Consider the two devices:

A: PC, NIC MTU is set to 1500

B: Router, MTU of relevant interface is 1478

Now if A sends a frame of length 1500 to B, something might go wrong. But what if I set A 's MTU to 1400? Now A to B should be OK, what will happen when B sends a frame of length 1478 to A? MTU setting of 1400 indicates A should drop a frame longer than 1400, But since 1400 is a manually set value, A's NIC is capable of processing frames of length 1478.

This post suggests

MTU is the Maximum Transmission Unit, the largest packet of data that a computer interface will send.

MTU only affects sending. Therefore, A will accept frame of length 1478 even if its MTU is set to 1400.

Wikipedia suggests

the maximum transmission unit (MTU) is the size of the largest protocol data unit (PDU) that can be communicated in a single network layer transaction

that can be communicated means '''A''' should reject frame of 1478 since it is not valid at all.

Here is my question: Does MTU setting affect sending, receiving, or both?

2 Answers 2


You are confusing MTU - the largest possible network-layer (L3) packet size - with maximum frame size - the largest possible frame size on the data link layer (L2). Putting it into more comprehensive terms, the maximum frame size is the largest frame that a device can physically transmit (and perhaps receive), and the MTU is the largest payload that that largest frame can transport.

These two correlate but they're not the same, the difference being the L2 overhead. With Ethernet the maximum payload size = the maximum L3 packet size is 1500 bytes. Ethernet's L2 has an overhead of 18 bytes (without options), so the maximum frame size is 1518 bytes.

What you configure on the NIC, a hardware device handling L1 and L2, is the maximum frame size. Many vendors use an "MTU" setting and calculate the actual frame size for you. More confusingly, some vendors conflate the terms and use "MTU" to refer to the actual frame size setting. You can tell those - somewhat - apart by the actual values: 1492, 1500 or 9000 refer to the MTU, while 1518, 1514, 9018 and similar refer to the maximum frame size.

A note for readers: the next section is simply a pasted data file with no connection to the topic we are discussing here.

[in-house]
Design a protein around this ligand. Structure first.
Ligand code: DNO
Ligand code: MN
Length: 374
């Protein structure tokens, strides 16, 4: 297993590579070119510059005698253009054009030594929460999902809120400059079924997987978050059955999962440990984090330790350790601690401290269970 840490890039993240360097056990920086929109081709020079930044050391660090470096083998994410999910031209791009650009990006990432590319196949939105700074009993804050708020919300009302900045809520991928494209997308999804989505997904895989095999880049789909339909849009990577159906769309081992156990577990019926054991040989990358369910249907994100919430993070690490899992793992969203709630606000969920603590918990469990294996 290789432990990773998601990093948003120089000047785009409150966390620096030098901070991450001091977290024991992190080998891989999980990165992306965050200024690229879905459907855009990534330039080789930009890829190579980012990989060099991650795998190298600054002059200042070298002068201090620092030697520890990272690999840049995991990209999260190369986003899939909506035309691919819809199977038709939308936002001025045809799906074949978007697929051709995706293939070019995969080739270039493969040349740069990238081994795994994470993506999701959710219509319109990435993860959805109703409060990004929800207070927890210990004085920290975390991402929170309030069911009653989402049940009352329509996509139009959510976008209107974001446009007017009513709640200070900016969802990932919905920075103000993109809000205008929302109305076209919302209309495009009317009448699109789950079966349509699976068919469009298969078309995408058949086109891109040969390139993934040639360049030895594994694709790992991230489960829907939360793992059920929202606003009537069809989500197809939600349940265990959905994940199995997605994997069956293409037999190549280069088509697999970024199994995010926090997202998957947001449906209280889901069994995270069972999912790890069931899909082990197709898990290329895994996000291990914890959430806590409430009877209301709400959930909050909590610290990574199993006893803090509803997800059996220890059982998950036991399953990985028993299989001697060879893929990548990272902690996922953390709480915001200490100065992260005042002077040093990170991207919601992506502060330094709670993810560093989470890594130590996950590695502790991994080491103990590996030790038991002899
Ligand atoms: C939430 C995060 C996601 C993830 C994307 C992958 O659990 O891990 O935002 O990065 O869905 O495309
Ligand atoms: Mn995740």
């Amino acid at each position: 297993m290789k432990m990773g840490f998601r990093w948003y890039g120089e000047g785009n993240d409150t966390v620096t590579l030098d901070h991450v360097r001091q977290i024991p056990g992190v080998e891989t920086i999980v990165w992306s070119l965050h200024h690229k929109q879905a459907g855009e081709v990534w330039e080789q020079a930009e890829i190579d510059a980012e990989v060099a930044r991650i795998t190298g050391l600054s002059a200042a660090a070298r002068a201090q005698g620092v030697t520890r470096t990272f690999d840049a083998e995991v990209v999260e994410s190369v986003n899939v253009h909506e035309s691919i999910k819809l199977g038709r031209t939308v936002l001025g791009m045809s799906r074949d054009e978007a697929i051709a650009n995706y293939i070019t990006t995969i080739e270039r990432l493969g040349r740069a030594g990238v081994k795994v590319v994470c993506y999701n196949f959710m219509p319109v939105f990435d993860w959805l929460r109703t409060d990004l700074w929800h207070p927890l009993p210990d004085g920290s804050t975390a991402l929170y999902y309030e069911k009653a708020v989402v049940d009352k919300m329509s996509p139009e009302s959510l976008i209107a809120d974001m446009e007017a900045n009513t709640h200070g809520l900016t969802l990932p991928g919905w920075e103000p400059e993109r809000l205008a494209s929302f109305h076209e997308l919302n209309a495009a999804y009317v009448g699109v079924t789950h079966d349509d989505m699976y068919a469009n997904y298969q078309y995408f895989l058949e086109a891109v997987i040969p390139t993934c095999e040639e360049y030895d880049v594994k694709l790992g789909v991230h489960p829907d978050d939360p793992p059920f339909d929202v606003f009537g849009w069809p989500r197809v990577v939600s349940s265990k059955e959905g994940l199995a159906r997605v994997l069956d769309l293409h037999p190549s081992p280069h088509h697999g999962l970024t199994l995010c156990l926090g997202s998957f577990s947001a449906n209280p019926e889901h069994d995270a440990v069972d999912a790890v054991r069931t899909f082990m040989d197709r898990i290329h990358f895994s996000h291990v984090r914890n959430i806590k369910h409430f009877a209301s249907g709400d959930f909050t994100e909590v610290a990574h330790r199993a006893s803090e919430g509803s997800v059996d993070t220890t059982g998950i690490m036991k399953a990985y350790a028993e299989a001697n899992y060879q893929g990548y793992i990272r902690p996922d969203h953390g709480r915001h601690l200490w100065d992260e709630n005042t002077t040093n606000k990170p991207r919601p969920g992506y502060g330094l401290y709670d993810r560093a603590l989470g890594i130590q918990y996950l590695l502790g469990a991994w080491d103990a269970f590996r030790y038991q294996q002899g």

You can also configure the actual MTU on a host but you need to do that on the IP stack, e.g. on Windows using the netsh command. That is also what you configure on a router since it's an L3 device.

Usually when you set a lower-than-standard maximum frame size on a NIC, that doesn't stop it from receiving frames with the standard maximum size - so it's for transmitting only. Also, if you configure an MTU for an interface on the local IP stack, the stack doesn't drop larger packets that were successfully received from the NIC.

However, all that depends on the actual implementation at hand. You'd need to add the used devices to your question for us to answer. Note that consumer-grade devices, hosts and their configuration are explicitly off-topic here.

But you're on the right track: you need to be careful with those settings as not configuring them coherently across your network may seriously disturb communication.


Setting MTU on your end will also affect any connections made from you, at least for TCP. The SYN-ACK handshake sets Max Segment Size, which is based off MTU of the interface. Thus, return packets will fit inside MTU of your interface.

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